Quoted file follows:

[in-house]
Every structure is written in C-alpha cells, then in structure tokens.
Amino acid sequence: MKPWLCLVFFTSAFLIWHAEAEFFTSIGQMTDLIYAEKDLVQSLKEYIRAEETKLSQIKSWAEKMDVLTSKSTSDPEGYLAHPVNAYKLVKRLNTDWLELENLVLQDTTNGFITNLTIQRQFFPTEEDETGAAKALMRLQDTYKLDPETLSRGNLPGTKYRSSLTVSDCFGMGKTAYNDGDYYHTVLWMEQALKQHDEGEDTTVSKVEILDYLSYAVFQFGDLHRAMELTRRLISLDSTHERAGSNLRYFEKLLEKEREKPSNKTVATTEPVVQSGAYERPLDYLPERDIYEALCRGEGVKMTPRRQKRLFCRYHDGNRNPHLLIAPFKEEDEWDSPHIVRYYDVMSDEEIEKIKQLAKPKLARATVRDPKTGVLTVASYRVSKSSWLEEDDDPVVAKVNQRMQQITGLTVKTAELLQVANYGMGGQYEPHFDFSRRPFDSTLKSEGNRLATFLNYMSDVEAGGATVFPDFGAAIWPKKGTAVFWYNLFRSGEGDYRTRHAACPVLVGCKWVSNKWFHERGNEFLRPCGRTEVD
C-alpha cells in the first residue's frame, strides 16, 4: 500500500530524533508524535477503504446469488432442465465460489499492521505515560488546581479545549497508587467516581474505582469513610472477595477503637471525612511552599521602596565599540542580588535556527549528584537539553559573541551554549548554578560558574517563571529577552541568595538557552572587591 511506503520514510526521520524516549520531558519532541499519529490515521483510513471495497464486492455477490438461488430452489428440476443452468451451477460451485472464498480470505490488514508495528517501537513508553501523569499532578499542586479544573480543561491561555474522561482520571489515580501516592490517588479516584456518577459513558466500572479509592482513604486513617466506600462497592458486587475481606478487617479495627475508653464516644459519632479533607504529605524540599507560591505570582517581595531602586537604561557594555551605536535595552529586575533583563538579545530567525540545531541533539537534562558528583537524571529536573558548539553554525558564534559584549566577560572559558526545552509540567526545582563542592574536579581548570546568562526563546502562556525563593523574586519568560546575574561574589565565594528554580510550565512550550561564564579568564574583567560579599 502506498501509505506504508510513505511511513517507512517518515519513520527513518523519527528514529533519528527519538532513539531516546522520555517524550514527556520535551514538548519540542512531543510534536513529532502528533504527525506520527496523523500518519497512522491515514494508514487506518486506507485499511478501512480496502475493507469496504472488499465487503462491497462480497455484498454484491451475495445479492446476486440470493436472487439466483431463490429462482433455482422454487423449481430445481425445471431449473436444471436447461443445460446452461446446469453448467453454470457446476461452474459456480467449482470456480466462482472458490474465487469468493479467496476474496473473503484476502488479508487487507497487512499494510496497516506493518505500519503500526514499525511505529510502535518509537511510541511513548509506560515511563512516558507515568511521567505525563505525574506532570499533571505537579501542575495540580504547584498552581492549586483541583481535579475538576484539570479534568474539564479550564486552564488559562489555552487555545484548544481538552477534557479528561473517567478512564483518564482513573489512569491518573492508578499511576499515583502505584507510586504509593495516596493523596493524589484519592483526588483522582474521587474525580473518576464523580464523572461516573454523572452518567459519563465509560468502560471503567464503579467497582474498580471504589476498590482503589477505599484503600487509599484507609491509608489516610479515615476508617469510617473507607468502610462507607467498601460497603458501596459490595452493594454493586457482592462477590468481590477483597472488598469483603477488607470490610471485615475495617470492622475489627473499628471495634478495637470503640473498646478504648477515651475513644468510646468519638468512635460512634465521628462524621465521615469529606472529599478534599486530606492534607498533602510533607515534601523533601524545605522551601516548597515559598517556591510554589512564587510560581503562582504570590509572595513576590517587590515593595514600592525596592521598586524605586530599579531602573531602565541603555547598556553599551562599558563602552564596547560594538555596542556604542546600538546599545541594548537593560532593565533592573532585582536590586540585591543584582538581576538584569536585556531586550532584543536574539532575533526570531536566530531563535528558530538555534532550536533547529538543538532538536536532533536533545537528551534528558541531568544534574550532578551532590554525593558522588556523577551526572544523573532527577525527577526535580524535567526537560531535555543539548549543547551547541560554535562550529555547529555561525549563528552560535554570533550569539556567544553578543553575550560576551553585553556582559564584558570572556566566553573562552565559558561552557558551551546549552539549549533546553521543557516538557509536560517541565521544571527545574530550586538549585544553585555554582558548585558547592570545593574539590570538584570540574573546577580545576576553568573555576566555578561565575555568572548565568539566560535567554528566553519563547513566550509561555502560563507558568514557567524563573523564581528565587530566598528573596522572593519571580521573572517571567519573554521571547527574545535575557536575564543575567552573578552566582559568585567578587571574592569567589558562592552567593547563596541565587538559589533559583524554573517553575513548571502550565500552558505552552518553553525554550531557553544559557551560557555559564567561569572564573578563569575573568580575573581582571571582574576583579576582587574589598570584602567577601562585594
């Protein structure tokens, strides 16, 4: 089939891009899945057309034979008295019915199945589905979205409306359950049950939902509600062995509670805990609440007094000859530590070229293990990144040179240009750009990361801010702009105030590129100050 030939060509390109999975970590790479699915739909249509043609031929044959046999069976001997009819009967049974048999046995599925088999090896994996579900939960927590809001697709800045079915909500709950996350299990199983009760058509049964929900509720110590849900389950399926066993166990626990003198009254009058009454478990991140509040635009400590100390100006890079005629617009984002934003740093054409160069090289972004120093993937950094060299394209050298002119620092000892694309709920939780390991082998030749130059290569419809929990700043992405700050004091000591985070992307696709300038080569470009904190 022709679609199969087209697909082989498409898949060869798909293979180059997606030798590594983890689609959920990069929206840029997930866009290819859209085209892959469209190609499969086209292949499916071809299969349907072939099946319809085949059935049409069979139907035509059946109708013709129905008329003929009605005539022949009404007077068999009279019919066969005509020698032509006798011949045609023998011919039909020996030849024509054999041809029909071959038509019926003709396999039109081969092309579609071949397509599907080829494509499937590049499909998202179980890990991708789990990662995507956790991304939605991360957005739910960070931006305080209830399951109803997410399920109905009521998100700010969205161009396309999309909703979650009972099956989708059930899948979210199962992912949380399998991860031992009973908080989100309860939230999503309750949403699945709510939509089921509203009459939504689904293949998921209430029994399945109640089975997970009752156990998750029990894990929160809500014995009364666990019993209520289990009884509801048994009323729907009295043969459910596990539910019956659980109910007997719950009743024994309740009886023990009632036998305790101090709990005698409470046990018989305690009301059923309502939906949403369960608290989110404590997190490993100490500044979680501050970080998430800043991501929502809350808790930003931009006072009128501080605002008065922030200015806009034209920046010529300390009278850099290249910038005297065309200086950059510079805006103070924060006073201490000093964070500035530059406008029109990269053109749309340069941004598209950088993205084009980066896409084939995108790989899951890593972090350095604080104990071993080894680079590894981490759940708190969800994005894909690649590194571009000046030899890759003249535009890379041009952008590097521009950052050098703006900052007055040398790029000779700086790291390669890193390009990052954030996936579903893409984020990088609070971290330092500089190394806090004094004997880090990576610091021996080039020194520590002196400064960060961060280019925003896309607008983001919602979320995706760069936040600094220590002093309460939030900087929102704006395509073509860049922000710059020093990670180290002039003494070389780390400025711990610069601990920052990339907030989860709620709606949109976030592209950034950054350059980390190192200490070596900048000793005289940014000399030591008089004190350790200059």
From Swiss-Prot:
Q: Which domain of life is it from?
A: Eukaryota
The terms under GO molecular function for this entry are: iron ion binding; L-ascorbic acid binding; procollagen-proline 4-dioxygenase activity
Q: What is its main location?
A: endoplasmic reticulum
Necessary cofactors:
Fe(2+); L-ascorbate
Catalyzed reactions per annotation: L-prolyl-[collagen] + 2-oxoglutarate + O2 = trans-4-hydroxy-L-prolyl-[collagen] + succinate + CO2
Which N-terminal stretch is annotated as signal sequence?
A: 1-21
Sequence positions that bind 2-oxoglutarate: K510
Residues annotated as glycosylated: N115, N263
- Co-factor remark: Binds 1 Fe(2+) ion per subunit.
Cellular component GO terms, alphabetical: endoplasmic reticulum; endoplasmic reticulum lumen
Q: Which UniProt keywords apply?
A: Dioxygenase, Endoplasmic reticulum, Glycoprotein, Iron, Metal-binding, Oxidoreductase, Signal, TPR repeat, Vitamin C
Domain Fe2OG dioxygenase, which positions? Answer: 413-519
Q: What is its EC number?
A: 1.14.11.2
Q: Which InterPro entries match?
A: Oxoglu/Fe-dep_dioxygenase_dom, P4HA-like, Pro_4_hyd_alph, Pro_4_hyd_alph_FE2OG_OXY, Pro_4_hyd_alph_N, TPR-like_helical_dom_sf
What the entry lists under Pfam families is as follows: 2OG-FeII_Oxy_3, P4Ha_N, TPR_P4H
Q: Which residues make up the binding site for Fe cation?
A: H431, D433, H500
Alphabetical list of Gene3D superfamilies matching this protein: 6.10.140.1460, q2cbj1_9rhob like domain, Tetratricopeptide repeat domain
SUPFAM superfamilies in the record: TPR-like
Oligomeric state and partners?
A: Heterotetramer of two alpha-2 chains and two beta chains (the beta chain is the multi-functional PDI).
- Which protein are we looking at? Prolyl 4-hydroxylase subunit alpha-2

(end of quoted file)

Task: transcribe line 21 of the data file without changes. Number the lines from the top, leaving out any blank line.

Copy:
Q: Which UniProt keywords apply?